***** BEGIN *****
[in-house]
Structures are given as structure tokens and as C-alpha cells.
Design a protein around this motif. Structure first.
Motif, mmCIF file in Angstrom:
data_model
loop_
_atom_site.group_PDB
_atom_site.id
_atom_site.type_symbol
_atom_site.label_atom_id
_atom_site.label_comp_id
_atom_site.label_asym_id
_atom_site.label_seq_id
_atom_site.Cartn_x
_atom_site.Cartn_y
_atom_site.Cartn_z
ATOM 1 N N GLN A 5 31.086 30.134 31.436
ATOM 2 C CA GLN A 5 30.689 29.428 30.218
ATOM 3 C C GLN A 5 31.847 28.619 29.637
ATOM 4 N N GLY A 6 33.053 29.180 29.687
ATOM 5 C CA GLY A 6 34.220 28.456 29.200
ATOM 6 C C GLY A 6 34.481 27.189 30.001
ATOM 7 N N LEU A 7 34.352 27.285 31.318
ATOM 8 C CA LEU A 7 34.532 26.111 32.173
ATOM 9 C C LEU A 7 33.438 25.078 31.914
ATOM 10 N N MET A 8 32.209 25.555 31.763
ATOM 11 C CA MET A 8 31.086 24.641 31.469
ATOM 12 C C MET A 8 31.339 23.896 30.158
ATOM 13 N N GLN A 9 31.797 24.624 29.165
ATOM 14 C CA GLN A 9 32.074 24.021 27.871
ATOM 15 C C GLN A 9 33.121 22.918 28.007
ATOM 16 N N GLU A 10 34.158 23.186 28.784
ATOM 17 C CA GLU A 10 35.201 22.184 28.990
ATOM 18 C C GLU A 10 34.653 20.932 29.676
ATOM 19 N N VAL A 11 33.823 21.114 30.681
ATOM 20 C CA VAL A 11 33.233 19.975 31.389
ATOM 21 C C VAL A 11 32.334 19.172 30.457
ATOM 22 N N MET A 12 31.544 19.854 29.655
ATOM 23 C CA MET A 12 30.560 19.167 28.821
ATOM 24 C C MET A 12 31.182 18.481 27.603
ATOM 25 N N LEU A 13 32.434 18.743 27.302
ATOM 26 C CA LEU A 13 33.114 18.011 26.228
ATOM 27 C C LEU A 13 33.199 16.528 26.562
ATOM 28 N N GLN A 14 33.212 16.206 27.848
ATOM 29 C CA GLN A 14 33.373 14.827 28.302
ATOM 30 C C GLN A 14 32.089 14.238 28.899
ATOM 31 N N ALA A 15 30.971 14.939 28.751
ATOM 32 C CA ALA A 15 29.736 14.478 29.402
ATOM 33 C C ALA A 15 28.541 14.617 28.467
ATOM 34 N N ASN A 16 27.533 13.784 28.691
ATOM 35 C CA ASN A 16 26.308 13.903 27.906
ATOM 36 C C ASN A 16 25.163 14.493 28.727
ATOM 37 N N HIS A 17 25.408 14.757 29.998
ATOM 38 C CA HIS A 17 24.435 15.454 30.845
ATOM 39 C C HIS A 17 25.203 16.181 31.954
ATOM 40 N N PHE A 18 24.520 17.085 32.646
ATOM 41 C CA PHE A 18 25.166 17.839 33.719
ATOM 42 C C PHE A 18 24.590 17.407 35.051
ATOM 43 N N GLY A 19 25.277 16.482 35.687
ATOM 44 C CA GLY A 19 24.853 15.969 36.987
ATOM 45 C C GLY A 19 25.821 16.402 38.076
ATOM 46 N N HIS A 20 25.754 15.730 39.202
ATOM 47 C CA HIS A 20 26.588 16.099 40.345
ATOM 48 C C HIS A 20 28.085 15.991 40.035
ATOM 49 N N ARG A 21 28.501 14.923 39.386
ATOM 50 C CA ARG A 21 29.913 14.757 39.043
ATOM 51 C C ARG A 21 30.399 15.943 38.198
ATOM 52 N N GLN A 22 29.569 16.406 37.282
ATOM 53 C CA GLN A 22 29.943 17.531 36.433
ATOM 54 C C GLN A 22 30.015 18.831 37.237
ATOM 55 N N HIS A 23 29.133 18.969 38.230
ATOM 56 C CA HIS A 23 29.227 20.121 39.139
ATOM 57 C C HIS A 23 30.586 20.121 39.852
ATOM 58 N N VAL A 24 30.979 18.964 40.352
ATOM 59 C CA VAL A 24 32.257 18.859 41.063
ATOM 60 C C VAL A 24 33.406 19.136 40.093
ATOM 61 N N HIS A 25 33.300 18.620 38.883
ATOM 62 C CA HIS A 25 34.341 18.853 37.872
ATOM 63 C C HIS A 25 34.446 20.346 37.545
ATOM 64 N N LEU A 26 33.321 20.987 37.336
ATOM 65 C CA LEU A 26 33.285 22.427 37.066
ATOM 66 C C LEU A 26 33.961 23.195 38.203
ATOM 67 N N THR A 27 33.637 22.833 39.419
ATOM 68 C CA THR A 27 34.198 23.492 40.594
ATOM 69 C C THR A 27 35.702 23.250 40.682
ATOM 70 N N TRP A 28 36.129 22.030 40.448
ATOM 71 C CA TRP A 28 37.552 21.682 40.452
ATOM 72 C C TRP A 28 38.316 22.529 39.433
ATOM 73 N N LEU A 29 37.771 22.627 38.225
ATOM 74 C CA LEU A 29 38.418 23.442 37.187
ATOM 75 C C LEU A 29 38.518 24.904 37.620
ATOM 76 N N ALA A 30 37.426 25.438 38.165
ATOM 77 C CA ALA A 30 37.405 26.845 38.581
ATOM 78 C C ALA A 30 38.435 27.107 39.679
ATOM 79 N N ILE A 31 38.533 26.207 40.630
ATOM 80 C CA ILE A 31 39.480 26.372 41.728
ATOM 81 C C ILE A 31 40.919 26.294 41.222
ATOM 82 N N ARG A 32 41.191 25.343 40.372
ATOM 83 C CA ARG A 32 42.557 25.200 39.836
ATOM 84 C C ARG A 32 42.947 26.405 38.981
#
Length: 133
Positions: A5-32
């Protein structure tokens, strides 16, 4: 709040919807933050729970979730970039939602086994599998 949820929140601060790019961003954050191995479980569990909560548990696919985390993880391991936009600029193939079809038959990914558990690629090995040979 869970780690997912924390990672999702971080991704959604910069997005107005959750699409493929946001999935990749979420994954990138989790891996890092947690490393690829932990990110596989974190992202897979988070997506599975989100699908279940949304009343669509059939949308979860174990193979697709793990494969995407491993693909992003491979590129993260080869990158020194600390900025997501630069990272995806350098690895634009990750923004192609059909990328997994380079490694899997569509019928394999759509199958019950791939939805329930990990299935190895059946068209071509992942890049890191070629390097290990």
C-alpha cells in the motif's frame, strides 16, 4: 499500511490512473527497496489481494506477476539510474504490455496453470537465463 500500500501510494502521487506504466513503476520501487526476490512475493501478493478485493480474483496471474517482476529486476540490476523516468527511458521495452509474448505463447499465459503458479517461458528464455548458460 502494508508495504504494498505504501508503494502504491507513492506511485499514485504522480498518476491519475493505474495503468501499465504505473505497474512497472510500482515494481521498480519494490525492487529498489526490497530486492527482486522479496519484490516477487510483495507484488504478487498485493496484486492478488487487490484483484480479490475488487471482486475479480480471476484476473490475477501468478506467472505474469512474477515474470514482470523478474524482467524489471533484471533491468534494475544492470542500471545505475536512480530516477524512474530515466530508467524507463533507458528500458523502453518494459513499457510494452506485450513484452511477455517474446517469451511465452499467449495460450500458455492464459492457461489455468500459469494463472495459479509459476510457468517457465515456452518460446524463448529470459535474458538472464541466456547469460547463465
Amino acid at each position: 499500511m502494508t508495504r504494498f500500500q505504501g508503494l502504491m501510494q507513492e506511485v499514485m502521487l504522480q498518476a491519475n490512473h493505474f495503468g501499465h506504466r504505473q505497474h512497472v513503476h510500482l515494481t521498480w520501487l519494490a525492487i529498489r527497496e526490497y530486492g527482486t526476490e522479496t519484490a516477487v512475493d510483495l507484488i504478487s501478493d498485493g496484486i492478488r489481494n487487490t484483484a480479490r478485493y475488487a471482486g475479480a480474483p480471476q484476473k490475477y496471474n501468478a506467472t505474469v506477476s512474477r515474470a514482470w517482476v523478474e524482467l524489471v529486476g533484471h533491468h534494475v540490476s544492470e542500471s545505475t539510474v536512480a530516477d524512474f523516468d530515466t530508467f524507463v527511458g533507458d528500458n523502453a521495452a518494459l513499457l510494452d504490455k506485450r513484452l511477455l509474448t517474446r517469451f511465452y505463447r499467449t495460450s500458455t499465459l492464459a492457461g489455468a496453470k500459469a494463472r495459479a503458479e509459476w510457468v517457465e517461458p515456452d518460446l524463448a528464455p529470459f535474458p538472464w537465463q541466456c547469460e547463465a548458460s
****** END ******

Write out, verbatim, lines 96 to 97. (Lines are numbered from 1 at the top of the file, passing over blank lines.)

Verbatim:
ATOM 80 C CA ILE A 31 39.480 26.372 41.728
ATOM 81 C C ILE A 31 40.919 26.294 41.222